African National Congress rejects new measures to counter South Africa’s Omicron variant surge

South Africa’s President Cyril Ramaphosa has refused to introduce any new measures to protect lives in the face of a new wave of the pandemic fuelled by the Omicron variant which is now dominant in the country. This is despite widespread concerns over the sudden increase in the country’s test positivity rate to nearly 10 percent from 1 percent, according to data released by South Africa’s National Institute for Communicable Diseases.

Like his international counterparts, this billionaire former trade union leader, head of the African National Congress (ANC) that has ruled the country since the end of apartheid in 1994, made it clear that his sole concern is maintaining the profits of the financial elite.

Ramaphosa railed against the imposition of international travel bans on South Africa and other southern African countries following the identification of the new Omicron variant by scientists in South Africa—which has the most sophisticated genomic sequencing facilities on the continent—after four foreign diplomats tested positive as they left Botswana on November 11 and genomic sequencing confirmed the variant on November 24. The significant and sudden evolutionary leap of the coronavirus, as reflected by the unprecedented number of mutations in the genome, threatens to overwhelm the country’s woefully inadequate health care system and cause untold suffering.

People line up to be vaccinated against COVID-19 in Lawley, south of Johannesburg, South Africa, Wednesday, Dec. 1, 2021. (AP Photo/ Shiraaz Mohamed)

The World Health Organisation (WHO) has declared the new strain of COVID-19, detected in at least 20 countries, a “variant of concern,” indicating it belongs to the highest risk category whose mutations allow it to spread faster, cause more severe illness or hamper the protection from vaccines. The earliest case identified to date was in Nigeria in October.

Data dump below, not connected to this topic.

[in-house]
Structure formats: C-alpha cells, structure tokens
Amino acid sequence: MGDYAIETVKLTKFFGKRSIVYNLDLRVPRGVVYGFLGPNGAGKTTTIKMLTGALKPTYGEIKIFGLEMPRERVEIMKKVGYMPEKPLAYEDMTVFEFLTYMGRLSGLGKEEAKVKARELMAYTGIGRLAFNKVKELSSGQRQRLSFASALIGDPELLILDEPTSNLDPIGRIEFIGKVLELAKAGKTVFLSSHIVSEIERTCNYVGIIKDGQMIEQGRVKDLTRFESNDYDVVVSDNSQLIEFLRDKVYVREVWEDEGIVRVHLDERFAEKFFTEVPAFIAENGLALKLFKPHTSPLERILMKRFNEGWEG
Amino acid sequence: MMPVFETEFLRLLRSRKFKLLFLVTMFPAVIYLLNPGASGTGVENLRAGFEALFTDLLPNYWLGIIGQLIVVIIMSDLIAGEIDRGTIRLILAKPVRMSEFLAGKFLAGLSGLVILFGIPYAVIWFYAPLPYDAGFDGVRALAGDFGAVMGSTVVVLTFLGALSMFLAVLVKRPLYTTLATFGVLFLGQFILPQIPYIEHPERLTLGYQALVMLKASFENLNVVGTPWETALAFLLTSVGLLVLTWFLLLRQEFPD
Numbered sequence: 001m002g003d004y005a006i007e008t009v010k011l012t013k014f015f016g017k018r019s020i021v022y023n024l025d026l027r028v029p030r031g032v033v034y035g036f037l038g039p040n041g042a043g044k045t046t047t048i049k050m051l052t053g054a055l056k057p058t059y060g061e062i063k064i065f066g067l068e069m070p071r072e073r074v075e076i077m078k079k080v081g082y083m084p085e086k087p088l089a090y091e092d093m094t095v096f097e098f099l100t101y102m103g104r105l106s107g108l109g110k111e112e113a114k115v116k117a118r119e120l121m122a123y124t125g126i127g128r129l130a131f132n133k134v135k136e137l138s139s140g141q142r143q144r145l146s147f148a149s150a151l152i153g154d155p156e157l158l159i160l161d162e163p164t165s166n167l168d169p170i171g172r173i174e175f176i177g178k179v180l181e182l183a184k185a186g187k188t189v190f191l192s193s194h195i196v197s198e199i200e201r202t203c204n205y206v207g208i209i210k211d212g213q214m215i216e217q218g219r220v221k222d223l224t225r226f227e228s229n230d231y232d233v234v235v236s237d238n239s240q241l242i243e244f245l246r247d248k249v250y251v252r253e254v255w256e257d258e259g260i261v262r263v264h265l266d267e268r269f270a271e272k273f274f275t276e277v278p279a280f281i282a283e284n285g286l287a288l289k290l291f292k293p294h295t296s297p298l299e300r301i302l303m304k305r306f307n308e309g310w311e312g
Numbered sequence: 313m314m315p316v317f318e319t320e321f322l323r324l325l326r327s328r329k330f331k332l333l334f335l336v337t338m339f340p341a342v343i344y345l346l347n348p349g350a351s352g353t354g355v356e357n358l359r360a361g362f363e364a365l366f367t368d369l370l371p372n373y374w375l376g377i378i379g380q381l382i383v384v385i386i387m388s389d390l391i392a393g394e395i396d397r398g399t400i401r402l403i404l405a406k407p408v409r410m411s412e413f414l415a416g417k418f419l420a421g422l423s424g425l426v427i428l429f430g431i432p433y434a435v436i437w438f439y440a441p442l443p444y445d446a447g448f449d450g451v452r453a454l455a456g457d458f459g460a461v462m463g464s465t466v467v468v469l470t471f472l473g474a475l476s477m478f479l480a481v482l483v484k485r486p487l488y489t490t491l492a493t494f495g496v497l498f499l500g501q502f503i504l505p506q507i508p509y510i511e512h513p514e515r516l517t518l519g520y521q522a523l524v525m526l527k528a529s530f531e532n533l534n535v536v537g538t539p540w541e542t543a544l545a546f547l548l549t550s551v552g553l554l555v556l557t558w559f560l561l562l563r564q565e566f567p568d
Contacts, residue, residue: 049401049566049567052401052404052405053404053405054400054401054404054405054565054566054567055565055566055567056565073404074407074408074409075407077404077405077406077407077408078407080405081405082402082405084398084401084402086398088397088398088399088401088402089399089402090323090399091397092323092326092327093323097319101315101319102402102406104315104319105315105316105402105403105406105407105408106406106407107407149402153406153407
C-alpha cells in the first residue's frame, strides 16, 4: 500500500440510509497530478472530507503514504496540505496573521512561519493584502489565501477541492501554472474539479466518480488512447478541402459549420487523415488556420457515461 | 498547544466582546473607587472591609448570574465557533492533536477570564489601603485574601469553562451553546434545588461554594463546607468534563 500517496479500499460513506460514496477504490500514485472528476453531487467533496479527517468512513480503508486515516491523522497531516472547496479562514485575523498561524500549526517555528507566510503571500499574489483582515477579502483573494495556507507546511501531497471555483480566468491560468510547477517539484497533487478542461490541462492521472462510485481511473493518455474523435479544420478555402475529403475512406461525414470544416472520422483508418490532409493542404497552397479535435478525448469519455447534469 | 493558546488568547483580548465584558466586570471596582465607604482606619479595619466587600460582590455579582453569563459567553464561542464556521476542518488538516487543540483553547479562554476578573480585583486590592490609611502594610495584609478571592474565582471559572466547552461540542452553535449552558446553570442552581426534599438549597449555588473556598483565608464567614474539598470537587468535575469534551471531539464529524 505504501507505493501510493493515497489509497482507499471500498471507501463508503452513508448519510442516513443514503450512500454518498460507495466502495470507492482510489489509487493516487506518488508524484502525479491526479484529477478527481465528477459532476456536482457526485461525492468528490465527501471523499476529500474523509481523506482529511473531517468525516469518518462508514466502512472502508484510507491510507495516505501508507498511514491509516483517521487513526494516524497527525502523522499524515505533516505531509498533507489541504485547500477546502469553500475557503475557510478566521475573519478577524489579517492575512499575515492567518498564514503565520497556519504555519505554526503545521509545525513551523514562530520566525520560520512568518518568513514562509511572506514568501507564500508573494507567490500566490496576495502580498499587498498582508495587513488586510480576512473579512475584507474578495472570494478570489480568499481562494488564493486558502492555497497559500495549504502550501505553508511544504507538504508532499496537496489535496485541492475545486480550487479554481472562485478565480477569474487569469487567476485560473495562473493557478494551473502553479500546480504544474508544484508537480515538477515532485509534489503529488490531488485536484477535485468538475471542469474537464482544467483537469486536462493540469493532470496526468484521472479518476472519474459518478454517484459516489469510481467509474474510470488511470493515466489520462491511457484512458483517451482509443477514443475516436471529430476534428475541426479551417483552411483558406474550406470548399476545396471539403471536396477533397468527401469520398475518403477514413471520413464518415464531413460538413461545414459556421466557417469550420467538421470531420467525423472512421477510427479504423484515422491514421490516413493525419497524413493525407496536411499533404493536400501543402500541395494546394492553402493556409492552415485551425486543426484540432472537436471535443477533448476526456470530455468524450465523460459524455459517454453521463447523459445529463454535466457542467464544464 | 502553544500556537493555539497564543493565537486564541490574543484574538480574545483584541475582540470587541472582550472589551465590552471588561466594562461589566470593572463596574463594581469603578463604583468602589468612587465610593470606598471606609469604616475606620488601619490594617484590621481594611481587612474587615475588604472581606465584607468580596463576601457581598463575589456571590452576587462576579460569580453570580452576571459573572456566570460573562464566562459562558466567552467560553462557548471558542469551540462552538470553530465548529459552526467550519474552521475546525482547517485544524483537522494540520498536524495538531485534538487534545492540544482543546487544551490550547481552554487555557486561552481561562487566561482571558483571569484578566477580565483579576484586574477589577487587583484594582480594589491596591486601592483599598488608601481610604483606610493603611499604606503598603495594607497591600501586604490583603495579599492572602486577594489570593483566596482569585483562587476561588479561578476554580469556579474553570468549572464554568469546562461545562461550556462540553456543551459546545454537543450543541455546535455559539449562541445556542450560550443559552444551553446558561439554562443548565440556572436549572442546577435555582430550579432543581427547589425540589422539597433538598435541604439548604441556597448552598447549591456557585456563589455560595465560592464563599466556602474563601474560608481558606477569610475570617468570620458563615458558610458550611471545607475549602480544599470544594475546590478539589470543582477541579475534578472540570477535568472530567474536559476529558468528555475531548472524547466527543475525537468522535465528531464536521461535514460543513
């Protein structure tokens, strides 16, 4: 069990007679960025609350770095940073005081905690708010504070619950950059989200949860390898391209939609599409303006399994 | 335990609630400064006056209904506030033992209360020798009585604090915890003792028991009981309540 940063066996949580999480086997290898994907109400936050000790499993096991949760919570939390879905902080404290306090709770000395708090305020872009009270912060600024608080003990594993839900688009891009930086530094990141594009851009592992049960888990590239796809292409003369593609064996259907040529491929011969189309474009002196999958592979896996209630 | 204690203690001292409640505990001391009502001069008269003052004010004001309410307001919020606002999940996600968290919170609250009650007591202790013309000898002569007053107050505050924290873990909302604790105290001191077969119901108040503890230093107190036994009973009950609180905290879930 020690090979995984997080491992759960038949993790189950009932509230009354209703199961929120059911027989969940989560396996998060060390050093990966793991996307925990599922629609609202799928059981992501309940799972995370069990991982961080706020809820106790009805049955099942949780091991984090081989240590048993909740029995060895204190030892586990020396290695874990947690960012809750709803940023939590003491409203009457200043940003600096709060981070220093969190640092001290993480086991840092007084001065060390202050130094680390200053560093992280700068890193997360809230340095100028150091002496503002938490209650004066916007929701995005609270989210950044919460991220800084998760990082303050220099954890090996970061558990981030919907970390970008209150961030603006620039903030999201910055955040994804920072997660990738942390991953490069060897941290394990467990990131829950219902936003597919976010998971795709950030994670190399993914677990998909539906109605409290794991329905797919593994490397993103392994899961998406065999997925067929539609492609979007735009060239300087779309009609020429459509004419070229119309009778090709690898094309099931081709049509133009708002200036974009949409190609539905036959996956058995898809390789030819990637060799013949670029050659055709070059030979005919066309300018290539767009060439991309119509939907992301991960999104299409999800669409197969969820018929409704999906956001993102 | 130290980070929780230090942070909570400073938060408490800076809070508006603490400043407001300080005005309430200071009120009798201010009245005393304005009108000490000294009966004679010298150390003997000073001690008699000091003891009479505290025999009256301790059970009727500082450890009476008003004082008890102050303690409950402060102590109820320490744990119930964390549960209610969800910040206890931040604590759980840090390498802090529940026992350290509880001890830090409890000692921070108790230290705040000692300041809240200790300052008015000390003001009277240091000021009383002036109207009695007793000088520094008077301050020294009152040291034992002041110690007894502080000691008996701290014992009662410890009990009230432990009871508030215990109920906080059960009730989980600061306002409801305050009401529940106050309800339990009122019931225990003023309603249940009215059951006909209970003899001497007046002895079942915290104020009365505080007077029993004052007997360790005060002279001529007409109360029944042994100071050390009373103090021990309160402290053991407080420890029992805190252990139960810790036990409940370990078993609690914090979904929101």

Ramaphosa called for the immediate reversal of the bans before they caused any further economic damage, particularly to the tourism sector. South Africa’s tourism sector employs 4.5 percent of the population and accounts for 3 percent of GDP. It lost $10 billion in bookings in 2020 and is estimated to be losing about $10 million every week flights from key markets are suspended.

Contradicting the experience of China that has contained its death toll from the virus to less than 6,000 as a result of a raft of measures that have included travel bans, he added, “There is no scientific justification for keeping these restrictions in place. We know that this virus, like all viruses, does mutate and form new variants.”

South Africa would remain on the Coronavirus Alert Level 1, the lowest level. Rather than imposing additional lockdown restrictions, Ramaphosa called on everyone to get vaccinated. He was considering making vaccinations compulsory for specific locations and activities, having earlier floated the idea of vaccine passports, without which people would not be allowed entry to public events. Masks remain mandatory in public, along with a midnight to 4 a.m. curfew.

The country’s third wave was the result of inadequate safety measures implemented by the governments around the world in the interest of reopening the economy. Ramaphosa is now declaring that even those limited mitigation measures are unacceptable. His insistence on vaccines as the sole public measure to protect the public is contradicted by the criminal failure to provide vaccinations for much of the world’s population as the major powers bought up and hoarded vaccines, stopped the World Trade Organisation from relaxing the rules on patents, and failed to fund and supply the United Nation’s COVAX scheme. As a result, just 7 percent of Africa’s population is fully vaccinated.

In South Africa, only 24 percent of the population—just over 16 million people or 36 percent of the adult population—has been fully vaccinated, despite the government’s stated goal of fully immunising 70 percent of adults by the end of this year. Although supplies are now more secure, the level of vaccinations is half the weekly target.

While a recent survey shows that 72 percent of people say they are willing to receive a vaccination, or have done so already, the rate of vaccination is largely dependent on class and race, with white citizens more likely to have been jabbed because their greater wealth, medical insurance and car ownership gives them greater access to vaccination sites. Poorer workers, including the four million registered immigrants and an estimated two to five million undocumented workers who live in constant fear of harassment and deportation, are dependent upon erratic public transport, are likely to lose half-a-day's pay and must wait in line at public clinics.